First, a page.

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The more we focus on compassionate action, on helping others, the happier we seem to become in the long run. There's actually medical science behind the benefits of doing random acts of kindness. According to research, kindness triggers our brain’s Serotonin, which is one of the brain’s neurotransmitters and is known as one of the brain’s Happy chemicals. It acts almost like an antidepressant.

A University of British Columbia study shows us that some participants who performed at least six acts of kindness a week after one month, there was a significant increase in positive moods,
relationship satisfaction, and a decrease in social avoidance in
socially anxious people. Kindness also boosts self-esteem and
value and promotes empathy and compassion, which, in turn, leads to a sense of interconnectedness with others. Keep in mind that random acts can be something as simple as giving a compliment, sharing a smile, holding the door for someone, buying someone a cup of coffee, or doing a favor.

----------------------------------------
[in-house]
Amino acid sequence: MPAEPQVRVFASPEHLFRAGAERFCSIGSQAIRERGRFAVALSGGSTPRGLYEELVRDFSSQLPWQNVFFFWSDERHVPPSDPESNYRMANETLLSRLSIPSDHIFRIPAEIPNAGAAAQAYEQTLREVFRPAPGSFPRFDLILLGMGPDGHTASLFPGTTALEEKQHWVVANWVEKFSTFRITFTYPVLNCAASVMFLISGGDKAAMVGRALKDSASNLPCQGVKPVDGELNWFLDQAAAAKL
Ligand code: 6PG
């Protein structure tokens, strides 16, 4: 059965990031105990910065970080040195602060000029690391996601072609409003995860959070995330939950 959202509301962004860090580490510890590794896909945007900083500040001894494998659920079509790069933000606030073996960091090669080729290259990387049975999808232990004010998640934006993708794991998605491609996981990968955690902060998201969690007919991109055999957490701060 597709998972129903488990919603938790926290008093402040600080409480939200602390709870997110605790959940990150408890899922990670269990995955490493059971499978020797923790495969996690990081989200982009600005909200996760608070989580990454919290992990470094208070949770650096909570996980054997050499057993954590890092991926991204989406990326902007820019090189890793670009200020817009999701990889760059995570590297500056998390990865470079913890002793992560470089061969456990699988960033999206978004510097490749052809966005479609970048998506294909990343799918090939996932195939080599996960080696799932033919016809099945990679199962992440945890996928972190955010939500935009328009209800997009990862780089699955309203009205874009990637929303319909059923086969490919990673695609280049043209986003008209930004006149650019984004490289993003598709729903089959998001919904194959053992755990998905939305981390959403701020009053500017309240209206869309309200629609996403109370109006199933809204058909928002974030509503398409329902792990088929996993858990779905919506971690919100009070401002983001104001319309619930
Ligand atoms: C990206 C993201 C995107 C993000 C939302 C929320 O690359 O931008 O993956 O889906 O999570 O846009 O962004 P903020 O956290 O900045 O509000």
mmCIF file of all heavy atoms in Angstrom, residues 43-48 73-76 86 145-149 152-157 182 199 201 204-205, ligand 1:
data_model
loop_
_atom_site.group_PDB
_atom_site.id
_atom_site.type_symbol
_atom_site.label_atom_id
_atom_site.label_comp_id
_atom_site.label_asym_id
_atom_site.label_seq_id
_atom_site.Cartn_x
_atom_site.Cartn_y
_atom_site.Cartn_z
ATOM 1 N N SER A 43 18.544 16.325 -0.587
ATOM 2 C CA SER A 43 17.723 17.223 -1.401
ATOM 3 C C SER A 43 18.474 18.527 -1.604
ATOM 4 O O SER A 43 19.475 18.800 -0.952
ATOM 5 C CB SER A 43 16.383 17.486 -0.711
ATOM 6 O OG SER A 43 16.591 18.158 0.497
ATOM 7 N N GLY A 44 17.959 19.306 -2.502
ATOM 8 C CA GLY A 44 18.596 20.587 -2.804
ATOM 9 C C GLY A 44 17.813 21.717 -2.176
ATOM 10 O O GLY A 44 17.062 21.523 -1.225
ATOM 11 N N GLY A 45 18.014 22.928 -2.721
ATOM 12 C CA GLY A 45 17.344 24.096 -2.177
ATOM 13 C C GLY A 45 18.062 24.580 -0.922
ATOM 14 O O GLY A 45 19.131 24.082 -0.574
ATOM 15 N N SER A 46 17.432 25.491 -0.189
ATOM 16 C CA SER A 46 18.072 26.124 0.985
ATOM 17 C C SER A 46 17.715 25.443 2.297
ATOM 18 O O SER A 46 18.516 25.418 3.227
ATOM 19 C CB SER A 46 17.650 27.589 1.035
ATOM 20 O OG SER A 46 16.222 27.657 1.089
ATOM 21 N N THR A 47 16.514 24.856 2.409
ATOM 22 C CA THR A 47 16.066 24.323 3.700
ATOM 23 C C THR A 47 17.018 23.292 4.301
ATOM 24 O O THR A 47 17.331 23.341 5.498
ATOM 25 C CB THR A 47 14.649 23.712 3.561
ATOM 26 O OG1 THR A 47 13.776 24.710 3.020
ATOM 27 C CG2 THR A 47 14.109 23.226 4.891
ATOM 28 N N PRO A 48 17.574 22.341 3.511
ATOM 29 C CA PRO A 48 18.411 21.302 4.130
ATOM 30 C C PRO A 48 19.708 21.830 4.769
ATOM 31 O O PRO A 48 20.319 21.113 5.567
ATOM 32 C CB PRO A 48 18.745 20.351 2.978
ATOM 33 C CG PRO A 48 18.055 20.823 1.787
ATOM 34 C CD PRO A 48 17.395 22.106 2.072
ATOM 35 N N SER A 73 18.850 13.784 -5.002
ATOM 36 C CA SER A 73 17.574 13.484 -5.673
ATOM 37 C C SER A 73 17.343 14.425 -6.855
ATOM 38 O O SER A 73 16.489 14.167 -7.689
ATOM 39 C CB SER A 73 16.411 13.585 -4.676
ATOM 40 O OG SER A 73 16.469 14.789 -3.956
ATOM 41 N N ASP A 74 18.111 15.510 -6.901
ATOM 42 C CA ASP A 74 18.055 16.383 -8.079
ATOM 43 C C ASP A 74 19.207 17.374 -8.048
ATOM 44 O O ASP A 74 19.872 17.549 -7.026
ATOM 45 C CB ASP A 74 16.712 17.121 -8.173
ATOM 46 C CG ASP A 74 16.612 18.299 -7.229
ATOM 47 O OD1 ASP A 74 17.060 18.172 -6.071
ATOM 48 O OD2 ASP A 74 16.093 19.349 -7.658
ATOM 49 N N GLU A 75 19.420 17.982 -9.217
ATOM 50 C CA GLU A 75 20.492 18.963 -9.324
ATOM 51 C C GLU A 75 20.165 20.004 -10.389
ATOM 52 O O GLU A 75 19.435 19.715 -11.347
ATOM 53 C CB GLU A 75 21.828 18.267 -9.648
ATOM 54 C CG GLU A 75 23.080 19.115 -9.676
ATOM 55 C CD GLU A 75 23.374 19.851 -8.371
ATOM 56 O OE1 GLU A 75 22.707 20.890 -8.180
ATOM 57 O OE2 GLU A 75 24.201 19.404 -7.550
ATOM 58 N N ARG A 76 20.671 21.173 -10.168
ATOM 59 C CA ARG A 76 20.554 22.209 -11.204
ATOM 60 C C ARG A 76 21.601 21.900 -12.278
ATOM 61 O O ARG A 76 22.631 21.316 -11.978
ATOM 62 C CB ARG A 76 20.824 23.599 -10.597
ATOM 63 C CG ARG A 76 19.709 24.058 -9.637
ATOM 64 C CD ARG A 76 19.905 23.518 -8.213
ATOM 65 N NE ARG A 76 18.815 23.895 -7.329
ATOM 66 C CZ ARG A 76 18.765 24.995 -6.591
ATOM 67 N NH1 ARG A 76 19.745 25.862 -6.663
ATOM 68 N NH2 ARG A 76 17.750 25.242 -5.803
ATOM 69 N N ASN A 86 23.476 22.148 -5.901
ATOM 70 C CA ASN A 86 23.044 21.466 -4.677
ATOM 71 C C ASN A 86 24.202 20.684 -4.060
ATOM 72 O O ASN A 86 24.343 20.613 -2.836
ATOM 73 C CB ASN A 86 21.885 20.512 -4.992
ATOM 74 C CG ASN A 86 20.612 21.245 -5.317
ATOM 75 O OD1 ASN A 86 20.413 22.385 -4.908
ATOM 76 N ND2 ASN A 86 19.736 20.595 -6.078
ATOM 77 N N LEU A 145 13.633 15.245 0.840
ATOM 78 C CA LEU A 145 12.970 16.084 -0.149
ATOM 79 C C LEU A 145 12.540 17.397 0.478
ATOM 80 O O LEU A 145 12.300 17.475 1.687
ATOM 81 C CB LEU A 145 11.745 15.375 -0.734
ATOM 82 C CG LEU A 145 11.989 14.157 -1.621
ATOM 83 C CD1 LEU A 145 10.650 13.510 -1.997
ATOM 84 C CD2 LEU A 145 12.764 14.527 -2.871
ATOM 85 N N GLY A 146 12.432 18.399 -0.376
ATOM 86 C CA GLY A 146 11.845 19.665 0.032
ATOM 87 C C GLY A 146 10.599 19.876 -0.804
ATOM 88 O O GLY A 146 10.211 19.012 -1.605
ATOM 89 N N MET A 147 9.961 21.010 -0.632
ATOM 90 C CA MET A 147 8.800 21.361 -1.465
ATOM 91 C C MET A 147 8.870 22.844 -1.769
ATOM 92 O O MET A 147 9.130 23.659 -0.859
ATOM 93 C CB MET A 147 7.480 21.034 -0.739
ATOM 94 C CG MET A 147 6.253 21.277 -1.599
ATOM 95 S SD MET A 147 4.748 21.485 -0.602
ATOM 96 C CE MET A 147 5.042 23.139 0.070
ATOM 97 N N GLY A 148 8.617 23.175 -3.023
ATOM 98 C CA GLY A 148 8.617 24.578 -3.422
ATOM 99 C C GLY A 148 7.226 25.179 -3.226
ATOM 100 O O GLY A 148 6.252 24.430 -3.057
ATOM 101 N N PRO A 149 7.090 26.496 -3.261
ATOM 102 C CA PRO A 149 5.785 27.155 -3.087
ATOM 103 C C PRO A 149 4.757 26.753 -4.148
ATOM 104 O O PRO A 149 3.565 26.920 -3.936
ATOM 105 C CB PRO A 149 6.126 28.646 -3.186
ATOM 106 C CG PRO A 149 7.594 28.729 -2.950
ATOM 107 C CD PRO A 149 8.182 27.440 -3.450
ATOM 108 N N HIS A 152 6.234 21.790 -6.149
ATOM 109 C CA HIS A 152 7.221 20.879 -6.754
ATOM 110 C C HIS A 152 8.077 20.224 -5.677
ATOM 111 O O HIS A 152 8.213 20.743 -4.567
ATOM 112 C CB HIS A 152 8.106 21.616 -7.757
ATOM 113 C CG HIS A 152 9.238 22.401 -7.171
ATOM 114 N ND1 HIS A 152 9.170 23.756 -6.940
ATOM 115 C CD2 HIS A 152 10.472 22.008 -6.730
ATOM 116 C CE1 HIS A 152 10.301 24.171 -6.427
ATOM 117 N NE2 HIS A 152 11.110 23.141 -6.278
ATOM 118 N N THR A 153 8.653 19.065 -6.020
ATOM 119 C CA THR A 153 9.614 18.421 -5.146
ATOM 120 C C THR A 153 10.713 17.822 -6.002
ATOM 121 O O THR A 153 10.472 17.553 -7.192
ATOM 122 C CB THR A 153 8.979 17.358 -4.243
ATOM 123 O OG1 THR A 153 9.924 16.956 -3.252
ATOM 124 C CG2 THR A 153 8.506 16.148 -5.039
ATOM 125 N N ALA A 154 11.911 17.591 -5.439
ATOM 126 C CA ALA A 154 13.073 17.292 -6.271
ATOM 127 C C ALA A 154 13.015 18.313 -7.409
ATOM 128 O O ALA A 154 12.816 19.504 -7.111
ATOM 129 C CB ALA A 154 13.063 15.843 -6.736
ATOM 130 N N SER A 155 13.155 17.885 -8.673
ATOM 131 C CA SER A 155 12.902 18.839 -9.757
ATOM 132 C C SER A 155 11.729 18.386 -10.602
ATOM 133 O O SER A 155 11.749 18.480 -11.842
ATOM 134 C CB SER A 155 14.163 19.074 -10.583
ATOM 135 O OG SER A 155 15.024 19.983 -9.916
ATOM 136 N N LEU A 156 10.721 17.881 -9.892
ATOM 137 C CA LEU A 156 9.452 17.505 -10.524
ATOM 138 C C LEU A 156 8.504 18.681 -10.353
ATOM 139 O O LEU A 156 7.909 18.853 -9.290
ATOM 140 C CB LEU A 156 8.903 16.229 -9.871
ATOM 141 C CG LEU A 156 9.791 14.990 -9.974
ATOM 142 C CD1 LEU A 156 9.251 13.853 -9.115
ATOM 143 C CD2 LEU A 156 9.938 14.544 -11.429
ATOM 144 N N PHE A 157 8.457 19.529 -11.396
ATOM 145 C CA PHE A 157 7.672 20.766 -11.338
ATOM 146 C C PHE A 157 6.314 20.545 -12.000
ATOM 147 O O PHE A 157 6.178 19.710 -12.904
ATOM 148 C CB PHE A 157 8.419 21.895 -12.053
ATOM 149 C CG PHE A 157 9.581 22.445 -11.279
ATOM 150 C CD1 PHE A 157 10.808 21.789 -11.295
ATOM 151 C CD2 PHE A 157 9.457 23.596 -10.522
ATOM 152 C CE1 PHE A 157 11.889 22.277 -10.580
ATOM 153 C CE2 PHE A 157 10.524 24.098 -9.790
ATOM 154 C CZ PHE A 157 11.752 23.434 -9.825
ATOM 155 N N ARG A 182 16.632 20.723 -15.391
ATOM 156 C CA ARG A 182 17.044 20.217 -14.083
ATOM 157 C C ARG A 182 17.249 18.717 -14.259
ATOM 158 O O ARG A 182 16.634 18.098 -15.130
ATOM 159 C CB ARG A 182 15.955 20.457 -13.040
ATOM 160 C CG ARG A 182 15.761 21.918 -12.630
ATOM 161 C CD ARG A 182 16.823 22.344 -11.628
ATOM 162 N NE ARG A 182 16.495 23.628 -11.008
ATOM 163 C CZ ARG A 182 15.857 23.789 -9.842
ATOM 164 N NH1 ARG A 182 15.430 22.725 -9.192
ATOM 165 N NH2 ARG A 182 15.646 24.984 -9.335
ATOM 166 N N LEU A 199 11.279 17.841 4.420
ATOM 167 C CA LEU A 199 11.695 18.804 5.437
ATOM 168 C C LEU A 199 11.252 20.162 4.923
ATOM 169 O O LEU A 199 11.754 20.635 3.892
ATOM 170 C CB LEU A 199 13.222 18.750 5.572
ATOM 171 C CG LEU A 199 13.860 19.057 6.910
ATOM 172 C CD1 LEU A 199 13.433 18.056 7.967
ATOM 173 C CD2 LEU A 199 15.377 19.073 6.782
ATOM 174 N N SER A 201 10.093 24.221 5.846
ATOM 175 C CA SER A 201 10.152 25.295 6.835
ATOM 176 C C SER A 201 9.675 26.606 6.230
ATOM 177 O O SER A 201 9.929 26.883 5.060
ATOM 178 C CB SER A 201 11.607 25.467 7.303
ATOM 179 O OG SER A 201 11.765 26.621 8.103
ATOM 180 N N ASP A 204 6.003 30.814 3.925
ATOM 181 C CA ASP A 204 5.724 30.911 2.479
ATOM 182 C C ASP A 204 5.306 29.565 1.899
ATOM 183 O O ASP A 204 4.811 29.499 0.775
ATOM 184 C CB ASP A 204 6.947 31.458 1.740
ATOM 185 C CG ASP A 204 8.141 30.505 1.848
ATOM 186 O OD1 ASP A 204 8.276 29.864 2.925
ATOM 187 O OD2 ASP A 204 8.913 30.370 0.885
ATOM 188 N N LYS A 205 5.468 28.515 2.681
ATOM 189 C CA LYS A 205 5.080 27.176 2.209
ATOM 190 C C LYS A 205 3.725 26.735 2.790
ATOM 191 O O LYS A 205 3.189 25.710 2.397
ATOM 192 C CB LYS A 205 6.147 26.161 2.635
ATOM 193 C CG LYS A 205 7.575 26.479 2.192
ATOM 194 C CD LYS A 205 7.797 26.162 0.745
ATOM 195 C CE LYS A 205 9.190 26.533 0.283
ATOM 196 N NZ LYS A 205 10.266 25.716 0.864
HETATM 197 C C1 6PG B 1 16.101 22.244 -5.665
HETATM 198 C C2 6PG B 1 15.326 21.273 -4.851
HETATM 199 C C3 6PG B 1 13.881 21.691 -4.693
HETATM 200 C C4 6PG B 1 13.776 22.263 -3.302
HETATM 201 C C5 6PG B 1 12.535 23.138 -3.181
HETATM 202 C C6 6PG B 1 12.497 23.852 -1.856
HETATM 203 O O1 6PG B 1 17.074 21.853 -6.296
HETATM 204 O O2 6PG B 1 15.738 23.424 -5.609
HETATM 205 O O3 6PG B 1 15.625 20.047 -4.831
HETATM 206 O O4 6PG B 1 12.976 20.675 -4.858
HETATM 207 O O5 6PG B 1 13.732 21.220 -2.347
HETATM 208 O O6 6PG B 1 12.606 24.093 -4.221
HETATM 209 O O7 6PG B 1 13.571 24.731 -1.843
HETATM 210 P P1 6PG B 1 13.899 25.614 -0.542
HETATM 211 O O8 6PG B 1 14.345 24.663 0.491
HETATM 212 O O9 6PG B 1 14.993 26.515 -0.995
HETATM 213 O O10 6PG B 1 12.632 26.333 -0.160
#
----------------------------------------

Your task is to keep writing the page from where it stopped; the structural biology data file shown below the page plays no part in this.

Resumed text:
Additionally, just witnessing acts of kindness apparently make us feel wonderful. Research shows that to see a kind act produces oxytocin, often referred to as the ‘love hormone.’ It boosts our optimism, and our pleasure and reward centers - and at the same time, helps to lower blood pressure, improve our overall heart-health, and increase our energy.

Acts of Kindness


Lauren Hudson


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